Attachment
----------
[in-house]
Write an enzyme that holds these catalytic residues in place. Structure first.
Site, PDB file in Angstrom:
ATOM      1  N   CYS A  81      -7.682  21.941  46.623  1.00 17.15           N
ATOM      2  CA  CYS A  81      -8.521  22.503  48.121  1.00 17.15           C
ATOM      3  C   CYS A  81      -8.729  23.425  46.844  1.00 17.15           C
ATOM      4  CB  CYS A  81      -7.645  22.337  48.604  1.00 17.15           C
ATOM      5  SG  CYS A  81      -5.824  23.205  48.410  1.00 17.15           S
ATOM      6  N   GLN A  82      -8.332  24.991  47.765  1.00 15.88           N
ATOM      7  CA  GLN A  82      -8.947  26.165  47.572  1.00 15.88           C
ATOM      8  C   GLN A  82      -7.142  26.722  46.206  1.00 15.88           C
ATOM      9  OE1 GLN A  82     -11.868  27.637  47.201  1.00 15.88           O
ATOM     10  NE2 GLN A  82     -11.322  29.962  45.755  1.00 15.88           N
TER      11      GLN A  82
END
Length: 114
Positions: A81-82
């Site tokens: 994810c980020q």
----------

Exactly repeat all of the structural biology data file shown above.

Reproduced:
[in-house]
Write an enzyme that holds these catalytic residues in place. Structure first.
Site, PDB file in Angstrom:
ATOM      1  N   CYS A  81      -7.682  21.941  46.623  1.00 17.15           N
ATOM      2  CA  CYS A  81      -8.521  22.503  48.121  1.00 17.15           C
ATOM      3  C   CYS A  81      -8.729  23.425  46.844  1.00 17.15           C
ATOM      4  CB  CYS A  81      -7.645  22.337  48.604  1.00 17.15           C
ATOM      5  SG  CYS A  81      -5.824  23.205  48.410  1.00 17.15           S
ATOM      6  N   GLN A  82      -8.332  24.991  47.765  1.00 15.88           N
ATOM      7  CA  GLN A  82      -8.947  26.165  47.572  1.00 15.88           C
ATOM      8  C   GLN A  82      -7.142  26.722  46.206  1.00 15.88           C
ATOM      9  OE1 GLN A  82     -11.868  27.637  47.201  1.00 15.88           O
ATOM     10  NE2 GLN A  82     -11.322  29.962  45.755  1.00 15.88           N
TER      11      GLN A  82
END
Length: 114
Positions: A81-82
């Site tokens: 994810c980020q």